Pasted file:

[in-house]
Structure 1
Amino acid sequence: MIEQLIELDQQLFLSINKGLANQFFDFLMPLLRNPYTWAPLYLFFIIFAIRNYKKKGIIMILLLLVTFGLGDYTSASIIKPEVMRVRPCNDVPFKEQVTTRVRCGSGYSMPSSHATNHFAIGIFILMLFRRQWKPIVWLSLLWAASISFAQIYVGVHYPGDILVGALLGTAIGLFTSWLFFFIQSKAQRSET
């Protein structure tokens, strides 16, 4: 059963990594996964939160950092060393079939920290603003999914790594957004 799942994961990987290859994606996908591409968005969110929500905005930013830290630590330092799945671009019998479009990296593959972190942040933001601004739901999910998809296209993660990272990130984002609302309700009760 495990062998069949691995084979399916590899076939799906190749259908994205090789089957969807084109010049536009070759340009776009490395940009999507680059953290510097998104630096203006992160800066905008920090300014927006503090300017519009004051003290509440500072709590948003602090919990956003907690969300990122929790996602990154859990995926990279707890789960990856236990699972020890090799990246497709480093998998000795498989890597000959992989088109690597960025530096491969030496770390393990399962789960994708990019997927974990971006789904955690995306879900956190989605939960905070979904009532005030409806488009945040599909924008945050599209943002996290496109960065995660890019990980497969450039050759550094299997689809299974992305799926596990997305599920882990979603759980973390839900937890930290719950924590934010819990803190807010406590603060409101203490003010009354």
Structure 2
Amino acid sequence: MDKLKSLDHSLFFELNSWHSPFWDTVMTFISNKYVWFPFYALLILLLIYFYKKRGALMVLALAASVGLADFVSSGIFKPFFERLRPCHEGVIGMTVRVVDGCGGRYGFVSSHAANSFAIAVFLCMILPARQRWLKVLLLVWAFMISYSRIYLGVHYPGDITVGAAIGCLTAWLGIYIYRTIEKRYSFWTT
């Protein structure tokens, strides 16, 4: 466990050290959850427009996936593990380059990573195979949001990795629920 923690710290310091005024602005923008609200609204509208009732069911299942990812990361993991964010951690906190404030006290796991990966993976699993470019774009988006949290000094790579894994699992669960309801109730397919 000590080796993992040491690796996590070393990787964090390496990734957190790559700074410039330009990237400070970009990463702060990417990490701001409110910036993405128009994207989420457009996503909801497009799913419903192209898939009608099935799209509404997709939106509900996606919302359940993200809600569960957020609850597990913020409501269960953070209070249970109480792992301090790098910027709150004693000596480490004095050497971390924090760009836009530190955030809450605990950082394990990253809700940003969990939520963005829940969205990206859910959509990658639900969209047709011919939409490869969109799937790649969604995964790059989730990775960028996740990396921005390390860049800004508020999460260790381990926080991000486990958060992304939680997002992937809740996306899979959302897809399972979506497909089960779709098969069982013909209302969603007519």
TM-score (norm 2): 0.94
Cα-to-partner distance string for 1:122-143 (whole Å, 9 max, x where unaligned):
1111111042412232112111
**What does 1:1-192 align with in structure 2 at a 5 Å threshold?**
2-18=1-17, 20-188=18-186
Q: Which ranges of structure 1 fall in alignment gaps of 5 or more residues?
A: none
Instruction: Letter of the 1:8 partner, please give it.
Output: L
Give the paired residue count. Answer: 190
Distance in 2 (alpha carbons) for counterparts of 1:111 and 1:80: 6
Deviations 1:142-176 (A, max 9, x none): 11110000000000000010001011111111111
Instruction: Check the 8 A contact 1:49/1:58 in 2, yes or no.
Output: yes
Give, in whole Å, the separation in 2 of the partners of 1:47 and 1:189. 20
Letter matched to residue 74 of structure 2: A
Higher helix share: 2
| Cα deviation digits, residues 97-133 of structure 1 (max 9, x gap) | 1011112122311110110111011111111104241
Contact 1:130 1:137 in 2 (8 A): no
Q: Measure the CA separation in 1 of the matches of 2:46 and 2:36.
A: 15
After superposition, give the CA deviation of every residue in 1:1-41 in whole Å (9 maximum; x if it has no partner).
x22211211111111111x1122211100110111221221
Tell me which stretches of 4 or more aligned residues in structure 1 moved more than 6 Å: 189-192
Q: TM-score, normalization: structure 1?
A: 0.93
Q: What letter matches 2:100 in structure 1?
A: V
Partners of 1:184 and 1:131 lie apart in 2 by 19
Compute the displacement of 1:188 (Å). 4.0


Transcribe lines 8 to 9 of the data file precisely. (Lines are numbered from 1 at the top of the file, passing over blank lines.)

TM-score (norm 2): 0.94
Cα-to-partner distance string for 1:122-143 (whole Å, 9 max, x where unaligned):